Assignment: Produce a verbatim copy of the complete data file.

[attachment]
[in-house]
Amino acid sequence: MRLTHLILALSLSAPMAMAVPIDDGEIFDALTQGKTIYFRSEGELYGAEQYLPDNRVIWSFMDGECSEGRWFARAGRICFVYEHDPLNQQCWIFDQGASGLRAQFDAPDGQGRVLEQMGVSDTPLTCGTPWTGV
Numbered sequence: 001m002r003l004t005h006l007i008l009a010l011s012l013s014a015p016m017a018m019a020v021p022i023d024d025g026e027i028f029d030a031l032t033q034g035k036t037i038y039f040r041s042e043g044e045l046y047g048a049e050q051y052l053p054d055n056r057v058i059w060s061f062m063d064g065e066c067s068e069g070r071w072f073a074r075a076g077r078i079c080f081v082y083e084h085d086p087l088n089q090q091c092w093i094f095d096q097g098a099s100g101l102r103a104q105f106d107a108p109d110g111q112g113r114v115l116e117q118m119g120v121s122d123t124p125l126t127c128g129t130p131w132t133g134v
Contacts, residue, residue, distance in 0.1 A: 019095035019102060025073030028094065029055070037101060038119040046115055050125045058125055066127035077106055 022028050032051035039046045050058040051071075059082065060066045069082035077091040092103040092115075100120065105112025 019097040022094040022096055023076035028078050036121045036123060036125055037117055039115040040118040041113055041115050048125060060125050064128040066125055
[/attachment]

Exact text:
[in-house]
Amino acid sequence: MRLTHLILALSLSAPMAMAVPIDDGEIFDALTQGKTIYFRSEGELYGAEQYLPDNRVIWSFMDGECSEGRWFARAGRICFVYEHDPLNQQCWIFDQGASGLRAQFDAPDGQGRVLEQMGVSDTPLTCGTPWTGV
Numbered sequence: 001m002r003l004t005h006l007i008l009a010l011s012l013s014a015p016m017a018m019a020v021p022i023d024d025g026e027i028f029d030a031l032t033q034g035k036t037i038y039f040r041s042e043g044e045l046y047g048a049e050q051y052l053p054d055n056r057v058i059w060s061f062m063d064g065e066c067s068e069g070r071w072f073a074r075a076g077r078i079c080f081v082y083e084h085d086p087l088n089q090q091c092w093i094f095d096q097g098a099s100g101l102r103a104q105f106d107a108p109d110g111q112g113r114v115l116e117q118m119g120v121s122d123t124p125l126t127c128g129t130p131w132t133g134v
Contacts, residue, residue, distance in 0.1 A: 019095035019102060025073030028094065029055070037101060038119040046115055050125045058125055066127035077106055 022028050032051035039046045050058040051071075059082065060066045069082035077091040092103040092115075100120065105112025 019097040022094040022096055023076035028078050036121045036123060036125055037117055039115040040118040041113055041115050048125060060125050064128040066125055